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No New Aquatic Invasive Plant Species Found
As the 2019 boating season winds down, the New Hampshire Department of Environmental Services recognizes the tremendous efforts that have gone into prevention, early detection, and rapid response efforts statewide to curb the spread of aquatic invasive plant species. The efforts are obvious, in that no new infestations of aquatic invasive plants have been listed in two years.

Legislative initiatives in recent years are paying off. Most notably, requirements for boaters to clean and drain their vessels and gear, as well as pulling drain plugs in transit and emptying water containers have contributed hugely to this success through these prevention activities.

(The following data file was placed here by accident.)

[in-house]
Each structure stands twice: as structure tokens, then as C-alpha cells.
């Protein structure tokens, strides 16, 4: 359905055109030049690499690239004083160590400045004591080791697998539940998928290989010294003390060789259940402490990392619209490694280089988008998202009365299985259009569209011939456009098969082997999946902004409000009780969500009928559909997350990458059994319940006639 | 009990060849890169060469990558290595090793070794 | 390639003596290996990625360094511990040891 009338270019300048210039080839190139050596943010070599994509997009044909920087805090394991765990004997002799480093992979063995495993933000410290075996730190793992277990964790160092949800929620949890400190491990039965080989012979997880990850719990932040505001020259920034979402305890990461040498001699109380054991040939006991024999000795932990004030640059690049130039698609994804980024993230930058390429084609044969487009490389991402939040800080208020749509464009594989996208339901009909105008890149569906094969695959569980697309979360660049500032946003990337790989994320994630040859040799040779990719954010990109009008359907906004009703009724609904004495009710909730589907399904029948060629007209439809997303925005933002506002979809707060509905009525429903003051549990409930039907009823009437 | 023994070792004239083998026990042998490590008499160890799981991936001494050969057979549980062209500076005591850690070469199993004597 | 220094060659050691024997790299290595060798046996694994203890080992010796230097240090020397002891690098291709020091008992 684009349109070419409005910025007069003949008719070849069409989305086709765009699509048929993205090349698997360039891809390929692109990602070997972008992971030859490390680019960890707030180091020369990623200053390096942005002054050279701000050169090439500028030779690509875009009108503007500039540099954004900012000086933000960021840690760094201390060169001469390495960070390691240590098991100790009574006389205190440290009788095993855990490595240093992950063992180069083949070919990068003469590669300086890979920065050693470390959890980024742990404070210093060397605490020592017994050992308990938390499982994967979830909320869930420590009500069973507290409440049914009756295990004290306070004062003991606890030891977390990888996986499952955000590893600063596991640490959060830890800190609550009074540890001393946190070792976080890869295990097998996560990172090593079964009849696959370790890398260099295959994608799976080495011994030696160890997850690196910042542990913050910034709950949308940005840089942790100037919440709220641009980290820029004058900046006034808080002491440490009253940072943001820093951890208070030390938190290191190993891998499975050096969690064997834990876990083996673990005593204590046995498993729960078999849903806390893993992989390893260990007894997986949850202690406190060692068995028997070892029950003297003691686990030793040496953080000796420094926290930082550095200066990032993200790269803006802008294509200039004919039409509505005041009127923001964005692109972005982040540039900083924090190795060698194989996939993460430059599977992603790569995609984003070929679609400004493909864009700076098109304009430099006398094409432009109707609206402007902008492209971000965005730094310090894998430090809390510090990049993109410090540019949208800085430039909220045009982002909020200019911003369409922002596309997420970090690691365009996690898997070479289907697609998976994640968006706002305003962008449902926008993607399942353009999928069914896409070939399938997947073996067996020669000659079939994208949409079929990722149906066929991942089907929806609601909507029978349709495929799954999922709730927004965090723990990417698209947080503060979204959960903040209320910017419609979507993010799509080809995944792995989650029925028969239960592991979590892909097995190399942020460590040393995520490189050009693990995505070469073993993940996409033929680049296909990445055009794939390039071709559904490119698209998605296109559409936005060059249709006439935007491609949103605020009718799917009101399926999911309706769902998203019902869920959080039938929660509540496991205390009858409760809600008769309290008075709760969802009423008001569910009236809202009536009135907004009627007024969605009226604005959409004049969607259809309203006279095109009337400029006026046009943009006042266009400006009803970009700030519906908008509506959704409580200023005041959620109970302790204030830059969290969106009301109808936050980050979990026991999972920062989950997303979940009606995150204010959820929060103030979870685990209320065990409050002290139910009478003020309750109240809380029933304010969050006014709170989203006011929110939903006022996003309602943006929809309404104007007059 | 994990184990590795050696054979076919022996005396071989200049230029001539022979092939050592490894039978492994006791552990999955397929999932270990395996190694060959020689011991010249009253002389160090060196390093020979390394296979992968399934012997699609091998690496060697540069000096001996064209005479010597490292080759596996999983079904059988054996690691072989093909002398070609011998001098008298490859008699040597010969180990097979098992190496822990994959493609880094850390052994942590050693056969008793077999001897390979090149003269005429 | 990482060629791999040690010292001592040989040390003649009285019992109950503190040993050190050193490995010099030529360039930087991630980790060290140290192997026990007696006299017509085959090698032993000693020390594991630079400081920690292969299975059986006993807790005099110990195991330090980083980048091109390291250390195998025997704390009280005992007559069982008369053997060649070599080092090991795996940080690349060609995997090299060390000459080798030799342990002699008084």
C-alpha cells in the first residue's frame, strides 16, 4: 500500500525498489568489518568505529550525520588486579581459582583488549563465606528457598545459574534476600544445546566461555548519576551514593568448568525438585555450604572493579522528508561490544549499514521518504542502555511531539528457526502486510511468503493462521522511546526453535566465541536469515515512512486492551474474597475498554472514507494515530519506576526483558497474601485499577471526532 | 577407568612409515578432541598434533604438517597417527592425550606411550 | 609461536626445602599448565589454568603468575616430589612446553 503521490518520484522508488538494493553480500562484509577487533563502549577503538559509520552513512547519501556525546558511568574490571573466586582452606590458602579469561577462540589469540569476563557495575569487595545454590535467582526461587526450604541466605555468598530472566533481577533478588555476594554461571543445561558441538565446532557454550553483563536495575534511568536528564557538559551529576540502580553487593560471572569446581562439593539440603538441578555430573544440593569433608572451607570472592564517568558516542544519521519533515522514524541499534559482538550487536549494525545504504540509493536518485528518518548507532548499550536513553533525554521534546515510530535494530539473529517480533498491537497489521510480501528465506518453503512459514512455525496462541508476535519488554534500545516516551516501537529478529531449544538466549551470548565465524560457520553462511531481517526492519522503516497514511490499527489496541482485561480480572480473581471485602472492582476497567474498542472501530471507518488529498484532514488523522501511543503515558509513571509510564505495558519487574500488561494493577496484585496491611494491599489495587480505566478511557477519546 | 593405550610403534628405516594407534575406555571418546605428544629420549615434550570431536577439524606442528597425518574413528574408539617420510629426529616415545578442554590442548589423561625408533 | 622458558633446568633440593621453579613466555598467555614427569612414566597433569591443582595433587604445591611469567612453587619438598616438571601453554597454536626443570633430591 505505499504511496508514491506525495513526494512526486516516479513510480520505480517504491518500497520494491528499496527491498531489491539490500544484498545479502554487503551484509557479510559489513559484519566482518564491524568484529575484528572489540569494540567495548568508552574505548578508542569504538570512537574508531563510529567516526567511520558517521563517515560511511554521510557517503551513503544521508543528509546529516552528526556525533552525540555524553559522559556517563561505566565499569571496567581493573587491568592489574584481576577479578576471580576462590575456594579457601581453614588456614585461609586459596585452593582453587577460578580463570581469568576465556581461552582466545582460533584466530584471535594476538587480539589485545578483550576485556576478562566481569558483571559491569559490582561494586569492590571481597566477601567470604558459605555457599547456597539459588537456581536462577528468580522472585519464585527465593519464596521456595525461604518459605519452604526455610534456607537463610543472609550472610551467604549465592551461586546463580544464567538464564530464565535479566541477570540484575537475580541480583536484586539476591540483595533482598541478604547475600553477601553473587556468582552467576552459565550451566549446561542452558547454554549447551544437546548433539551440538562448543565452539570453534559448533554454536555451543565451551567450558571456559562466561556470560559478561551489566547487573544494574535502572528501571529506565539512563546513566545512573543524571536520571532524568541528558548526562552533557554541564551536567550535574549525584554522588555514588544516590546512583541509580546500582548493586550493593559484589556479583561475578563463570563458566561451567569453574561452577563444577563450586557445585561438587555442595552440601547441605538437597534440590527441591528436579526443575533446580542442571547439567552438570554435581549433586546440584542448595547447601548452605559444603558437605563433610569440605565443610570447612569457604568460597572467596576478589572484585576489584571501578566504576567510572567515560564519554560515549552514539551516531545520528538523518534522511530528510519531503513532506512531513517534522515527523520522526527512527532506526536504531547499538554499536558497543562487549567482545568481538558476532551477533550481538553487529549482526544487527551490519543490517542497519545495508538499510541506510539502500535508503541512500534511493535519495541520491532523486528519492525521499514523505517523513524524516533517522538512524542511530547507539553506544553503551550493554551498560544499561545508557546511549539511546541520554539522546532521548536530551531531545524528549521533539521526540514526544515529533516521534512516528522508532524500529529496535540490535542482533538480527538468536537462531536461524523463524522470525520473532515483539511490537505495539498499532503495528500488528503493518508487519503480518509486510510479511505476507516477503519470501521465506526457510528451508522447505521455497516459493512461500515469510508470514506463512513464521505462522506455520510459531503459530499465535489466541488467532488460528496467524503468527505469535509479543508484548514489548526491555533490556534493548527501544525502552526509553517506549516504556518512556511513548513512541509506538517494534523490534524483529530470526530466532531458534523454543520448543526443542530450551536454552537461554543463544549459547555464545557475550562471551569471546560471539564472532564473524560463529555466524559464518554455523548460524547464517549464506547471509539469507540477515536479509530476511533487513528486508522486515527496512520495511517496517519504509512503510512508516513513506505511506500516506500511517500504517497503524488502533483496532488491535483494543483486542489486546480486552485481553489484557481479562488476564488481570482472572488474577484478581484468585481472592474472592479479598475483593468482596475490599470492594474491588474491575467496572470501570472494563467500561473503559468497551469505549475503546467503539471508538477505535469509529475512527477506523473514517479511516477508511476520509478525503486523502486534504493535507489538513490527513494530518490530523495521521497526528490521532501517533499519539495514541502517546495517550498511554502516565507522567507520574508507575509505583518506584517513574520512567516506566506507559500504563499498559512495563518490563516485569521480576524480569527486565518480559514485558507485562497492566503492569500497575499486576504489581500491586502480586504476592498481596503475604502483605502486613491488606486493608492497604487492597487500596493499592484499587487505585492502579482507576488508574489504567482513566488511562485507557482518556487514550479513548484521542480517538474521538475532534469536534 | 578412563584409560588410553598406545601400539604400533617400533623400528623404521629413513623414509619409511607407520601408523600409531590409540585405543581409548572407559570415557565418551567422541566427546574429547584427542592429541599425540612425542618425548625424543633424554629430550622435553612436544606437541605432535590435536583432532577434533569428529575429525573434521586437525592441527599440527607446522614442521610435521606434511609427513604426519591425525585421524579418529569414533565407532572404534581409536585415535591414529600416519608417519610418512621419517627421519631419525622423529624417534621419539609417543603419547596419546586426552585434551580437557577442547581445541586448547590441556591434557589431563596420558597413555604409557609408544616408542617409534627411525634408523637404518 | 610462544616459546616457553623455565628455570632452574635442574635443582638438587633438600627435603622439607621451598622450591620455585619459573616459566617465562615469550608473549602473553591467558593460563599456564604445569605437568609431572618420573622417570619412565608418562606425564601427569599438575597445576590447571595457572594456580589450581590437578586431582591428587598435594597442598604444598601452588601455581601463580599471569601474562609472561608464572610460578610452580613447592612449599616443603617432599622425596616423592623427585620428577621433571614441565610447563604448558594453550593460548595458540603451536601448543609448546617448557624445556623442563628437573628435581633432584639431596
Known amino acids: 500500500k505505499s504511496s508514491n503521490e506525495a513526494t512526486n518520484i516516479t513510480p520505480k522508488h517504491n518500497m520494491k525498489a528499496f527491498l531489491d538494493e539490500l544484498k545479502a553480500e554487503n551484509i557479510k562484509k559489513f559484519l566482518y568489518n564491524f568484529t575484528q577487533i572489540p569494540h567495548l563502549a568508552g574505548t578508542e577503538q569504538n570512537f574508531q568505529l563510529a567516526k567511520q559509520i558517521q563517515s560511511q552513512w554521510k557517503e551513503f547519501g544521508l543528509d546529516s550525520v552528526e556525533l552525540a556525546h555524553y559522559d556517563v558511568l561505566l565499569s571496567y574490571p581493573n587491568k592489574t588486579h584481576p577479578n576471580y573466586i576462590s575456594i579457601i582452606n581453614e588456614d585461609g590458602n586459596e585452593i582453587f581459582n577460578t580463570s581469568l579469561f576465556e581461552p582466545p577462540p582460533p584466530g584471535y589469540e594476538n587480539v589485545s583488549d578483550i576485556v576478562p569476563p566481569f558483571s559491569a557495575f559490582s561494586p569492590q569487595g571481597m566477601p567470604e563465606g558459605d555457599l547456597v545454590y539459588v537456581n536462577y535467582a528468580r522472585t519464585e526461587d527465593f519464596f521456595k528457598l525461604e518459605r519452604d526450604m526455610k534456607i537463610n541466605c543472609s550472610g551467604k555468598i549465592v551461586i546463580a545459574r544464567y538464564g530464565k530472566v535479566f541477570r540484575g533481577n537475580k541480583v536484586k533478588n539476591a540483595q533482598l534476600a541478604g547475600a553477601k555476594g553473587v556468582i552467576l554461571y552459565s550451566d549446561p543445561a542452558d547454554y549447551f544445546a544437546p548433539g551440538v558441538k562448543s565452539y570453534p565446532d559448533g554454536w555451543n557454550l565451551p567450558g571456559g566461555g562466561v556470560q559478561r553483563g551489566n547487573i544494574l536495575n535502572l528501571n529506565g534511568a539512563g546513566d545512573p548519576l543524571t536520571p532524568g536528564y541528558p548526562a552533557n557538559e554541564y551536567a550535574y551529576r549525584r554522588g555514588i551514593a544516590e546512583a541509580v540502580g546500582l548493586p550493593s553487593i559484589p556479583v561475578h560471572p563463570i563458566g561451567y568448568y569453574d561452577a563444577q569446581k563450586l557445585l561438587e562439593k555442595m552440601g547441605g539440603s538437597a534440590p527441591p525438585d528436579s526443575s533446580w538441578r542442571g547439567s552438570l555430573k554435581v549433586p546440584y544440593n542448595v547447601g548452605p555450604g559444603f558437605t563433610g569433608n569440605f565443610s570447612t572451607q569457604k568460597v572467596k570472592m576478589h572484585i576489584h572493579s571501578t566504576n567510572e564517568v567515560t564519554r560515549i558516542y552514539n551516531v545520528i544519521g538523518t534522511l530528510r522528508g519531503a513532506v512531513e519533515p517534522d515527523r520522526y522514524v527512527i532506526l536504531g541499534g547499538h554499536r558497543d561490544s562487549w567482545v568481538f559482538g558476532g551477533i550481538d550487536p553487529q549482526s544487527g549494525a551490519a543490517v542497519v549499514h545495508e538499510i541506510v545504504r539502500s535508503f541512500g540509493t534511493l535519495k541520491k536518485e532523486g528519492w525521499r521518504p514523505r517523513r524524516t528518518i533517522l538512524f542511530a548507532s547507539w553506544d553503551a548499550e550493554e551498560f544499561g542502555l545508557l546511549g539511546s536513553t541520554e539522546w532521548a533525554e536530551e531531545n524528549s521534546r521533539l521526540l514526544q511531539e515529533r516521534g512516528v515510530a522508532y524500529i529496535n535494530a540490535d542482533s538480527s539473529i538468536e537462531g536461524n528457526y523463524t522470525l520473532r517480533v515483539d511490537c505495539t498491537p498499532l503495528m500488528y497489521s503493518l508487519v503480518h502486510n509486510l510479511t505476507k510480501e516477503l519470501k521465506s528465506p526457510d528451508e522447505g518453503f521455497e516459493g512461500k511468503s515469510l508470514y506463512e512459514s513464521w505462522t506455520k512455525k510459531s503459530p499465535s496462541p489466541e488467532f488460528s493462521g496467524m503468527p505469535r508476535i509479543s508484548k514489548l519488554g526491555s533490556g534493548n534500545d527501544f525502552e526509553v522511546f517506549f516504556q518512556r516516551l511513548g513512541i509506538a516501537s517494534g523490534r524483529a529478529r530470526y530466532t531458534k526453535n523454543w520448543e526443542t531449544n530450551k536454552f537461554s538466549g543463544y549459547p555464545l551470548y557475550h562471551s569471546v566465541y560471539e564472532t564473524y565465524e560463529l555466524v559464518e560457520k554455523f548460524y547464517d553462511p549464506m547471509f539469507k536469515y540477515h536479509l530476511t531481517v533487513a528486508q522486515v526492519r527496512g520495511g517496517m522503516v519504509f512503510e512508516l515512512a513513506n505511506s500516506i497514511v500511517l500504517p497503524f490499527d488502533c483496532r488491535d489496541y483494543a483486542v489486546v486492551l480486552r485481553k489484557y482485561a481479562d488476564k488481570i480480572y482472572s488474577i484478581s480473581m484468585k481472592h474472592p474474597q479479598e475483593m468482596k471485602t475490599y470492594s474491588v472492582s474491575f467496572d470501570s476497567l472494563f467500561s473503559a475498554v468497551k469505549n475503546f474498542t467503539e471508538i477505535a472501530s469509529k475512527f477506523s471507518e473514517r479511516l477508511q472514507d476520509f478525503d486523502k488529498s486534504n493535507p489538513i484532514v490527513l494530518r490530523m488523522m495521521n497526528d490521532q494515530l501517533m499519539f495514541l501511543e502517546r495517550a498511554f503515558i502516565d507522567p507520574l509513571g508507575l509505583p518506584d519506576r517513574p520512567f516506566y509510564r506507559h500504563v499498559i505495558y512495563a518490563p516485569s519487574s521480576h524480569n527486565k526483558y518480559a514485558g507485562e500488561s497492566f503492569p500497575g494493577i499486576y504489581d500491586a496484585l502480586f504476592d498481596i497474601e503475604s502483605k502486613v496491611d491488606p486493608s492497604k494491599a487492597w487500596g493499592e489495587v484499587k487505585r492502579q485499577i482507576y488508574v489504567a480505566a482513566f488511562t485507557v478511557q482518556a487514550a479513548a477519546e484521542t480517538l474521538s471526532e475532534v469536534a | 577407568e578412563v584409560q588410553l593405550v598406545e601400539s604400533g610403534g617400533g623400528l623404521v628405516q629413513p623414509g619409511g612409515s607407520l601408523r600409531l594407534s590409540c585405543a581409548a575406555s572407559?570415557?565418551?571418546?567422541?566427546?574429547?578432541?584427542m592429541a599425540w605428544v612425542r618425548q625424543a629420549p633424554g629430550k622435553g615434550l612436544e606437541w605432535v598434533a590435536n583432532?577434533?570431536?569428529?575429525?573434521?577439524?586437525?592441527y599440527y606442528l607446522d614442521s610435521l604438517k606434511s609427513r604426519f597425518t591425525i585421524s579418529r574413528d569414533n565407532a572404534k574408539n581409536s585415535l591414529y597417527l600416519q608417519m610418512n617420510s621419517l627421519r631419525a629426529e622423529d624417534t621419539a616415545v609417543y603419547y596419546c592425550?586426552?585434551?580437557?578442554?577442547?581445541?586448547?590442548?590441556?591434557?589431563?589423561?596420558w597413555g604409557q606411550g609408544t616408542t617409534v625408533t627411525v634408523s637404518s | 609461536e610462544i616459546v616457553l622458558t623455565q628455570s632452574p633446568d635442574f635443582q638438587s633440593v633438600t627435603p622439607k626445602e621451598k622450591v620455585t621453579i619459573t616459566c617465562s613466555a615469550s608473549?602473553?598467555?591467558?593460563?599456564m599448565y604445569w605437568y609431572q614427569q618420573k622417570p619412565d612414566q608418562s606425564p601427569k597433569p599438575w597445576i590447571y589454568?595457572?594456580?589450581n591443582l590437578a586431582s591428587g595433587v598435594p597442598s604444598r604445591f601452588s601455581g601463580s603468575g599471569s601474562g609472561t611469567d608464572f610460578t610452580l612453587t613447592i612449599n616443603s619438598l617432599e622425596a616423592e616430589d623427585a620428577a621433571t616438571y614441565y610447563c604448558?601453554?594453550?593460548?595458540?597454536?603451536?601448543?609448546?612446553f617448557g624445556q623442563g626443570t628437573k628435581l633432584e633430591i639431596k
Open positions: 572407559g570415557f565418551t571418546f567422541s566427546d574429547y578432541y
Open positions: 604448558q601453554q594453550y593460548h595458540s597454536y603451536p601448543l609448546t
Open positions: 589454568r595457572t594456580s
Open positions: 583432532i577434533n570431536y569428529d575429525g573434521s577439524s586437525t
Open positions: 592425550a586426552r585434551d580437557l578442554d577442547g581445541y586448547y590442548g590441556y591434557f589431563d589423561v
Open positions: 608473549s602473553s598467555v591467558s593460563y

The Lake Host Program, implemented by New Hampshire Lakes through a grant from NHDES, has contributed significantly to prevention efforts statewide, thanks to courtesy boat inspectors stationed at 100 of the state’s busiest public access sites each summer.

 
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Benefits From an Exotic Species of Submerged Aquatic Vegetation - An exotic species of aquatic vegetation, Hydrilla verticillata, was seen as a severe invasive nuisance in the 1980s when the fast-growing Asian plant began spreading in the Potomac River. However, recent data analyses indicate that fears of some of the adverse effects of hydrilla appear to have been unfounded.


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